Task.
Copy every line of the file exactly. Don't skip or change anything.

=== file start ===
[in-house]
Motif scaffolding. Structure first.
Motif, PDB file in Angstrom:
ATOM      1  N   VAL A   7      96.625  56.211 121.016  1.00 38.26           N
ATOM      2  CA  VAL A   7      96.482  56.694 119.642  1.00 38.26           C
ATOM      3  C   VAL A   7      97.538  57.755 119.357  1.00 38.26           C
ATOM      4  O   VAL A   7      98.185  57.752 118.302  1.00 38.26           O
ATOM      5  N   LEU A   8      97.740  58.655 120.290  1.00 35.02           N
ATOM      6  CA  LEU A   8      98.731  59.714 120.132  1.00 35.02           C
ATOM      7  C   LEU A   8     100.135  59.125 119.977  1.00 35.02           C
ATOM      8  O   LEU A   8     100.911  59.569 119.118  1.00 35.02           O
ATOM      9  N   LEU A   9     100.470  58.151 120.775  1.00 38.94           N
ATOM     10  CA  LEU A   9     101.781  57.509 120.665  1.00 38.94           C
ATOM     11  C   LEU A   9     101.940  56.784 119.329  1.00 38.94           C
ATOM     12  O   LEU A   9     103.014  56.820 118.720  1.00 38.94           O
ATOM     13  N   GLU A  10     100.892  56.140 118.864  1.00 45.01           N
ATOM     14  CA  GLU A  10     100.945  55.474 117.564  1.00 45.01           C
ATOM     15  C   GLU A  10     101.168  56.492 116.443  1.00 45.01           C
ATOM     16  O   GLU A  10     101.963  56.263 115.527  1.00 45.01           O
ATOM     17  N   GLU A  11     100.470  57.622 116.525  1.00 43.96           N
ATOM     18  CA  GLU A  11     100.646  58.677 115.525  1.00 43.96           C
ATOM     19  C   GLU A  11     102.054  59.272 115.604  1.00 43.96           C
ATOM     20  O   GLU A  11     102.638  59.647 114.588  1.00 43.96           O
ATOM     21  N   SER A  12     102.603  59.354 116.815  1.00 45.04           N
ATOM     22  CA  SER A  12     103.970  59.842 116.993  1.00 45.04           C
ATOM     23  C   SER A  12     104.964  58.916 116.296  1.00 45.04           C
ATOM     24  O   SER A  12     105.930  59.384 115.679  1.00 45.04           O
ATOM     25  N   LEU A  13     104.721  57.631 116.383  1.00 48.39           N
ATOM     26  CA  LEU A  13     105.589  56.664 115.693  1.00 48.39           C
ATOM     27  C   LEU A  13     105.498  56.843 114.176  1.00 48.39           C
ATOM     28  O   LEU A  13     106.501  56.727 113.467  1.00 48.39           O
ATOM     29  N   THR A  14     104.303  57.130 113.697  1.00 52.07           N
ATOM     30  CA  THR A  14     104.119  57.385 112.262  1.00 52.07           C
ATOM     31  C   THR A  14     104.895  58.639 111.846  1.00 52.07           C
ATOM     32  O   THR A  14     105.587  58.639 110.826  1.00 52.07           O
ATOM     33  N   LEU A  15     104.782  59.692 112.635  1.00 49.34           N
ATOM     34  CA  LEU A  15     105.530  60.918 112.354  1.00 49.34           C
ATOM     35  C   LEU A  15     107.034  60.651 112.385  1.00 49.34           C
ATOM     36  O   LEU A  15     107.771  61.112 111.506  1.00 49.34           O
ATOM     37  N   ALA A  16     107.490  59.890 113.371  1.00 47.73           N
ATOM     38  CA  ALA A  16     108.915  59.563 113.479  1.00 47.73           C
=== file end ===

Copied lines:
[in-house]
Motif scaffolding. Structure first.
Motif, PDB file in Angstrom:
ATOM      1  N   VAL A   7      96.625  56.211 121.016  1.00 38.26           N
ATOM      2  CA  VAL A   7      96.482  56.694 119.642  1.00 38.26           C
ATOM      3  C   VAL A   7      97.538  57.755 119.357  1.00 38.26           C
ATOM      4  O   VAL A   7      98.185  57.752 118.302  1.00 38.26           O
ATOM      5  N   LEU A   8      97.740  58.655 120.290  1.00 35.02           N
ATOM      6  CA  LEU A   8      98.731  59.714 120.132  1.00 35.02           C
ATOM      7  C   LEU A   8     100.135  59.125 119.977  1.00 35.02           C
ATOM      8  O   LEU A   8     100.911  59.569 119.118  1.00 35.02           O
ATOM      9  N   LEU A   9     100.470  58.151 120.775  1.00 38.94           N
ATOM     10  CA  LEU A   9     101.781  57.509 120.665  1.00 38.94           C
ATOM     11  C   LEU A   9     101.940  56.784 119.329  1.00 38.94           C
ATOM     12  O   LEU A   9     103.014  56.820 118.720  1.00 38.94           O
ATOM     13  N   GLU A  10     100.892  56.140 118.864  1.00 45.01           N
ATOM     14  CA  GLU A  10     100.945  55.474 117.564  1.00 45.01           C
ATOM     15  C   GLU A  10     101.168  56.492 116.443  1.00 45.01           C
ATOM     16  O   GLU A  10     101.963  56.263 115.527  1.00 45.01           O
ATOM     17  N   GLU A  11     100.470  57.622 116.525  1.00 43.96           N
ATOM     18  CA  GLU A  11     100.646  58.677 115.525  1.00 43.96           C
ATOM     19  C   GLU A  11     102.054  59.272 115.604  1.00 43.96           C
ATOM     20  O   GLU A  11     102.638  59.647 114.588  1.00 43.96           O
ATOM     21  N   SER A  12     102.603  59.354 116.815  1.00 45.04           N
ATOM     22  CA  SER A  12     103.970  59.842 116.993  1.00 45.04           C
ATOM     23  C   SER A  12     104.964  58.916 116.296  1.00 45.04           C
ATOM     24  O   SER A  12     105.930  59.384 115.679  1.00 45.04           O
ATOM     25  N   LEU A  13     104.721  57.631 116.383  1.00 48.39           N
ATOM     26  CA  LEU A  13     105.589  56.664 115.693  1.00 48.39           C
ATOM     27  C   LEU A  13     105.498  56.843 114.176  1.00 48.39           C
ATOM     28  O   LEU A  13     106.501  56.727 113.467  1.00 48.39           O
ATOM     29  N   THR A  14     104.303  57.130 113.697  1.00 52.07           N
ATOM     30  CA  THR A  14     104.119  57.385 112.262  1.00 52.07           C
ATOM     31  C   THR A  14     104.895  58.639 111.846  1.00 52.07           C
ATOM     32  O   THR A  14     105.587  58.639 110.826  1.00 52.07           O
ATOM     33  N   LEU A  15     104.782  59.692 112.635  1.00 49.34           N
ATOM     34  CA  LEU A  15     105.530  60.918 112.354  1.00 49.34           C
ATOM     35  C   LEU A  15     107.034  60.651 112.385  1.00 49.34           C
ATOM     36  O   LEU A  15     107.771  61.112 111.506  1.00 49.34           O
ATOM     37  N   ALA A  16     107.490  59.890 113.371  1.00 47.73           N
ATOM     38  CA  ALA A  16     108.915  59.563 113.479  1.00 47.73           C